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Bluetongue may be described as an acute insect borne disease of ruminants, manifested clinically in sheep by a catarrhal inflammation of the mucous mem branes of the digestive and respiratory systems and associated with degenerative changes in the skeletal musculature. The profound emaciation and weakness which follow the acute disease are responsible for a protracted convalescence and for serious economic losses due to diminished productivity. II. Historical During the early colonisation of Africa, susceptible Merino and other European breeds of sheep were introduced into the Cape, at first by the Dutch East India Company between 1652 and 1785 and again later in 1870. A report of the Cattle and Sheep Diseases Commission (1876) records the appearance of a serious febrile disease amongst these imported sheep in which both morbidity and mortality was high (cited by HENNING, 1949). HuTCHEON (1881) gave this disease the name of "Fever" or "Epizootic Catarrh", in order to distinguish it from other clinical conditions of a similar nature encountered amongst sheep. In the first com prehensive description of this clinical syndrome and its epizootiology HuTCHEON (1902) referred to it as "Malarial Catarrhal Fever of Sheep", a designation which was obviously influenced by the mistaken belief that an intracorpuscular parasite was the primary cause of the disease. More systematic studies were conducted by SPREULL (1902; 1905), who endeavoured to immunize sheep by the simultaneous inoculation of immune serum and infective blood.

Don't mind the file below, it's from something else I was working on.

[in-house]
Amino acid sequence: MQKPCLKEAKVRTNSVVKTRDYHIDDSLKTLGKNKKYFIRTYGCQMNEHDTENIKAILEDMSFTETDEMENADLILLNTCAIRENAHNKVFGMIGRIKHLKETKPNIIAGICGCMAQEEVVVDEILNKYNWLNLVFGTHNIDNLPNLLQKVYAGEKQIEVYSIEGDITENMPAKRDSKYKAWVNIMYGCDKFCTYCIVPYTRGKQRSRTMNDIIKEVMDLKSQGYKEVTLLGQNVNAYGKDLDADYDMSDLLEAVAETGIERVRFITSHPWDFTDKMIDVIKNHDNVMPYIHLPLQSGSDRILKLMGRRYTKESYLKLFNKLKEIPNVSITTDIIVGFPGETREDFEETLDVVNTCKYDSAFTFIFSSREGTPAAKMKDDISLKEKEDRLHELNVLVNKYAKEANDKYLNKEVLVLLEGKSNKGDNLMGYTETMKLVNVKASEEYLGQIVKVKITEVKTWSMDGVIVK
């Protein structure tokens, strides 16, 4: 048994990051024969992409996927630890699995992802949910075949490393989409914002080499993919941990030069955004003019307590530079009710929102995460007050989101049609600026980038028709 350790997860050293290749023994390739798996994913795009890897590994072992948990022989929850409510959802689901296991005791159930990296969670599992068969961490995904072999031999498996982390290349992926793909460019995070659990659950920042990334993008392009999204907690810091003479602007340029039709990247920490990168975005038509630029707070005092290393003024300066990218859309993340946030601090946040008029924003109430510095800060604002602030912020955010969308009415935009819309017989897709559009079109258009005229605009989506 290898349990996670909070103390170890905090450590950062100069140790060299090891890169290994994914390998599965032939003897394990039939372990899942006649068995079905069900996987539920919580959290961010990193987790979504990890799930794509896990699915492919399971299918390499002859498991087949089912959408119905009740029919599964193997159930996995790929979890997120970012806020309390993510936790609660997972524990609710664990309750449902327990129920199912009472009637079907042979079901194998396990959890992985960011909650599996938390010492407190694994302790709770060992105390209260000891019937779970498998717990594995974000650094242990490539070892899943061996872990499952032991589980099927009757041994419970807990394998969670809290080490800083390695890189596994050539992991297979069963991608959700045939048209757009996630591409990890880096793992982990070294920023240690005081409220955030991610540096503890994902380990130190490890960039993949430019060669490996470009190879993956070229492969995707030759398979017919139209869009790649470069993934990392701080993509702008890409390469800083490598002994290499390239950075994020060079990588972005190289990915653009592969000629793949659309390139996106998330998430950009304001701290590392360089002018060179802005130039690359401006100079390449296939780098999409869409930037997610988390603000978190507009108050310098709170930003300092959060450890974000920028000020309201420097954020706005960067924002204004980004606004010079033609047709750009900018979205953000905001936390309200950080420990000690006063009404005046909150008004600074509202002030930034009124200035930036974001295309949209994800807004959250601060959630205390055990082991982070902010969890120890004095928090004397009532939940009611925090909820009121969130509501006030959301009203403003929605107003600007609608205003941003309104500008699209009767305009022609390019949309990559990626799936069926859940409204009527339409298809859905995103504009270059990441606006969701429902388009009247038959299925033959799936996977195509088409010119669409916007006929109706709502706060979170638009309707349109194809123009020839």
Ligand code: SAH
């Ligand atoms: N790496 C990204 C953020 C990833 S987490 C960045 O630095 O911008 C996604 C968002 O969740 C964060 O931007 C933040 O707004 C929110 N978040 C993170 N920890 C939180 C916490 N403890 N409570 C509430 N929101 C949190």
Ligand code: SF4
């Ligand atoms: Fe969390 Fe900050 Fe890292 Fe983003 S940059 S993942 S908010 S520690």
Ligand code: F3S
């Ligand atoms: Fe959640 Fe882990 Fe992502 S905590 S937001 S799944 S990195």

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Wressle (with spelling variations of Wressell, and Wressel, in Leland's 'Itinary' Wreshil, in the Domesday Book Weresa) is a village and civil parish in the East Riding of Yorkshire, England, lying on the eastern bank of the River Derwent approximately 3 miles (5 km) north-west of Howden.
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